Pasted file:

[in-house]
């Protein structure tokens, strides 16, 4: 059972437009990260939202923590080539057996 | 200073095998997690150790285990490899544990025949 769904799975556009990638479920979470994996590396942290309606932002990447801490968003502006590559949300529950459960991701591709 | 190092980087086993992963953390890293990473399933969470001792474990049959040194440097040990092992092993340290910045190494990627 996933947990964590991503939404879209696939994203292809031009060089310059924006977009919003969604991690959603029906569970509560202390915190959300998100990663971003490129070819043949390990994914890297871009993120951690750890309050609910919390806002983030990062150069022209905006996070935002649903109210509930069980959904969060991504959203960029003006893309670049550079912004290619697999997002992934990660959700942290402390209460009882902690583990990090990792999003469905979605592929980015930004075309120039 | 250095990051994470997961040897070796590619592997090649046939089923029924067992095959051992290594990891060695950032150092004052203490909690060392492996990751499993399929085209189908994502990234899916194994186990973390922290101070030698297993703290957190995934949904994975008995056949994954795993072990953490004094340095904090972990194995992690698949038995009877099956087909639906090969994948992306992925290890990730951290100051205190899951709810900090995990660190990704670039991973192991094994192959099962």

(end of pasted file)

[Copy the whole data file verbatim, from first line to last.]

[in-house]
């Protein structure tokens, strides 16, 4: 059972437009990260939202923590080539057996 | 200073095998997690150790285990490899544990025949 769904799975556009990638479920979470994996590396942290309606932002990447801490968003502006590559949300529950459960991701591709 | 190092980087086993992963953390890293990473399933969470001792474990049959040194440097040990092992092993340290910045190494990627 996933947990964590991503939404879209696939994203292809031009060089310059924006977009919003969604991690959603029906569970509560202390915190959300998100990663971003490129070819043949390990994914890297871009993120951690750890309050609910919390806002983030990062150069022209905006996070935002649903109210509930069980959904969060991504959203960029003006893309670049550079912004290619697999997002992934990660959700942290402390209460009882902690583990990090990792999003469905979605592929980015930004075309120039 | 250095990051994470997961040897070796590619592997090649046939089923029924067992095959051992290594990891060695950032150092004052203490909690060392492996990751499993399929085209189908994502990234899916194994186990973390922290101070030698297993703290957190995934949904994975008995056949994954795993072990953490004094340095904090972990194995992690698949038995009877099956087909639906090969994948992306992925290890990730951290100051205190899951709810900090995990660190990704670039991973192991094994192959099962």